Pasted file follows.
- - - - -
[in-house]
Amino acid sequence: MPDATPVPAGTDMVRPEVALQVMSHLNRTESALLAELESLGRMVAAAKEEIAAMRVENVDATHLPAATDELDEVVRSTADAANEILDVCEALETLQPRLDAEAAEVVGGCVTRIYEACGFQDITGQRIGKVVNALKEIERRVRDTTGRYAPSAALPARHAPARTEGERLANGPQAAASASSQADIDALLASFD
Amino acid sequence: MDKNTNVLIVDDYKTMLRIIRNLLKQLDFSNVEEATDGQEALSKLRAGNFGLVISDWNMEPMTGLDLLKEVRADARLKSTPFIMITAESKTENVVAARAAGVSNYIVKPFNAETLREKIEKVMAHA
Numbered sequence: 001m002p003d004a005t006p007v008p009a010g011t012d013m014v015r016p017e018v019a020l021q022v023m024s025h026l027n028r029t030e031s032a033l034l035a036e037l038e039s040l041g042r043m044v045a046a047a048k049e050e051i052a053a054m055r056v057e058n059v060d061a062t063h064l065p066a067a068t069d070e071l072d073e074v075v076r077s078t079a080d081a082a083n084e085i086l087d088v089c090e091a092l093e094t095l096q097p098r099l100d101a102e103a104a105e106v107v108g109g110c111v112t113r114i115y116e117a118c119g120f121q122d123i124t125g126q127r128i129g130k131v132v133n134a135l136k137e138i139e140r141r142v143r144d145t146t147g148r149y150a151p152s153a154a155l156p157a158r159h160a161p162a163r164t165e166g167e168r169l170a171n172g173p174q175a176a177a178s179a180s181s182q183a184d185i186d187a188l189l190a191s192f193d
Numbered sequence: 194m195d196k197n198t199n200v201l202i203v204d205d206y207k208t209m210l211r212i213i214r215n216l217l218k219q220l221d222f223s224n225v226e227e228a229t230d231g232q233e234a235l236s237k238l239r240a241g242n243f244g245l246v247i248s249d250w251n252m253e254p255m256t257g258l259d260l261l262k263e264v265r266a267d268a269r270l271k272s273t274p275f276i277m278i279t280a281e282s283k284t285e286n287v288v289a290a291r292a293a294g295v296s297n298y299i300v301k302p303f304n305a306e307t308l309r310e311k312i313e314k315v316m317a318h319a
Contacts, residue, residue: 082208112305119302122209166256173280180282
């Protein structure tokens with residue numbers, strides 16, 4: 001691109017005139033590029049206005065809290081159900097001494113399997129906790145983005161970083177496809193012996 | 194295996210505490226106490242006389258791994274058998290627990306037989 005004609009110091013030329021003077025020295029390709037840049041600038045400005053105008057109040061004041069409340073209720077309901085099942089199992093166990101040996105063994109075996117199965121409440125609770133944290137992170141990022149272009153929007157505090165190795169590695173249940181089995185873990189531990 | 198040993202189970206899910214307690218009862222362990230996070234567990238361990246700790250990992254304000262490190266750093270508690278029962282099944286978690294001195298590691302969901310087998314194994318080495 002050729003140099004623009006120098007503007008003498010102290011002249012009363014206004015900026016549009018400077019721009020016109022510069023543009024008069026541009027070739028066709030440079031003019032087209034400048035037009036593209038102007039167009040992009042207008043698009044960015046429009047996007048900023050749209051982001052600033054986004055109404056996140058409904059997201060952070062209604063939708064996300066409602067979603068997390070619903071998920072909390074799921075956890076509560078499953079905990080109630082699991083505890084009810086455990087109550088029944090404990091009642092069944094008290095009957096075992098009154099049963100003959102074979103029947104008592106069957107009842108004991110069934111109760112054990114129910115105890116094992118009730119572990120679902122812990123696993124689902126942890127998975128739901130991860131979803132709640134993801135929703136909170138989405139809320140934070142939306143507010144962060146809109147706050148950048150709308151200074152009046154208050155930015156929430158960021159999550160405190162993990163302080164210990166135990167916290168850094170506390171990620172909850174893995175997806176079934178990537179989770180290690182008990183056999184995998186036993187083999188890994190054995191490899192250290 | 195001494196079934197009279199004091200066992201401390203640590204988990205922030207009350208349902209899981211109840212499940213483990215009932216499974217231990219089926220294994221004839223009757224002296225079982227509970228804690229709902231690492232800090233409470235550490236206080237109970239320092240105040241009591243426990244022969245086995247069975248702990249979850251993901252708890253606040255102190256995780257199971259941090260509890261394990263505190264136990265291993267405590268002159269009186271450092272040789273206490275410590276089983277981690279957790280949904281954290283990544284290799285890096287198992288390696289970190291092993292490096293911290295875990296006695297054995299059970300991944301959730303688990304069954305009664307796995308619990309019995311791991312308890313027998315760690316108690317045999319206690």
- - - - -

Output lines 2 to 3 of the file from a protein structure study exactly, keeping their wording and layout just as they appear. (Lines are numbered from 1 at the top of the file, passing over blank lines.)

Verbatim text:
Amino acid sequence: MPDATPVPAGTDMVRPEVALQVMSHLNRTESALLAELESLGRMVAAAKEEIAAMRVENVDATHLPAATDELDEVVRSTADAANEILDVCEALETLQPRLDAEAAEVVGGCVTRIYEACGFQDITGQRIGKVVNALKEIERRVRDTTGRYAPSAALPARHAPARTEGERLANGPQAAASASSQADIDALLASFD
Amino acid sequence: MDKNTNVLIVDDYKTMLRIIRNLLKQLDFSNVEEATDGQEALSKLRAGNFGLVISDWNMEPMTGLDLLKEVRADARLKSTPFIMITAESKTENVVAARAAGVSNYIVKPFNAETLREKIEKVMAHA